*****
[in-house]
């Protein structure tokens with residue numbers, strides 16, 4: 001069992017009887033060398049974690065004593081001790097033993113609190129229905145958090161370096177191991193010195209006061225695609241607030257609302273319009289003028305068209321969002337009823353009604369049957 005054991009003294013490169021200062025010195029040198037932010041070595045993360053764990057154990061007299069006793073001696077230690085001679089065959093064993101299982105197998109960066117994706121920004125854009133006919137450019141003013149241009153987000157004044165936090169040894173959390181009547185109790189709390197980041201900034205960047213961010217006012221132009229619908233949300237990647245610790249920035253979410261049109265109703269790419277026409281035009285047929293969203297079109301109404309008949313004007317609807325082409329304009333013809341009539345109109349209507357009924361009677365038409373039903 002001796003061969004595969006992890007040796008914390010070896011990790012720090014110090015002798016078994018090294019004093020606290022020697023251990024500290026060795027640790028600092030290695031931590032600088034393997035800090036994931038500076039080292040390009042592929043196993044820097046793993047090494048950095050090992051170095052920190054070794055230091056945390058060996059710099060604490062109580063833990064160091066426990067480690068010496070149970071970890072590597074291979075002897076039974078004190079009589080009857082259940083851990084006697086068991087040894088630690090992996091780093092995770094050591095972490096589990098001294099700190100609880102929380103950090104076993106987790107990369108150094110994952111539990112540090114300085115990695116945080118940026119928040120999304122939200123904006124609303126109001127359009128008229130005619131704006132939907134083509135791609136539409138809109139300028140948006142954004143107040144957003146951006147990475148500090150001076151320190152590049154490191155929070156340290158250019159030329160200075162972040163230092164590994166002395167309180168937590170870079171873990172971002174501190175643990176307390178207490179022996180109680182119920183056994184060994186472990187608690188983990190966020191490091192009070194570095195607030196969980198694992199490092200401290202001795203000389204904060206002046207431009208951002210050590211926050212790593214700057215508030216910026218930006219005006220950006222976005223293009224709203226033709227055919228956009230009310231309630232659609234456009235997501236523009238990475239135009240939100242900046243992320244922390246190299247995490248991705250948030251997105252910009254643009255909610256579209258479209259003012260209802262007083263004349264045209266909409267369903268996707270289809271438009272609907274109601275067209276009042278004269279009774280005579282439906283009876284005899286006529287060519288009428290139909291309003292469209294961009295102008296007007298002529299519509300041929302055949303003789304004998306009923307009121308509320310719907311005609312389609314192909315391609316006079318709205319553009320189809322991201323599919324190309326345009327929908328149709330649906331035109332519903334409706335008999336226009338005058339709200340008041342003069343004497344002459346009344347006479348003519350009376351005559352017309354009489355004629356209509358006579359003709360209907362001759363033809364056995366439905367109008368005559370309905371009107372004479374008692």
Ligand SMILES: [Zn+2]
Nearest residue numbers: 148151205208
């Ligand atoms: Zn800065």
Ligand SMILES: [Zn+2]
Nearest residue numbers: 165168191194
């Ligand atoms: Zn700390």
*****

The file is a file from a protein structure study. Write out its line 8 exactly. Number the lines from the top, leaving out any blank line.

């Ligand atoms: Zn700390």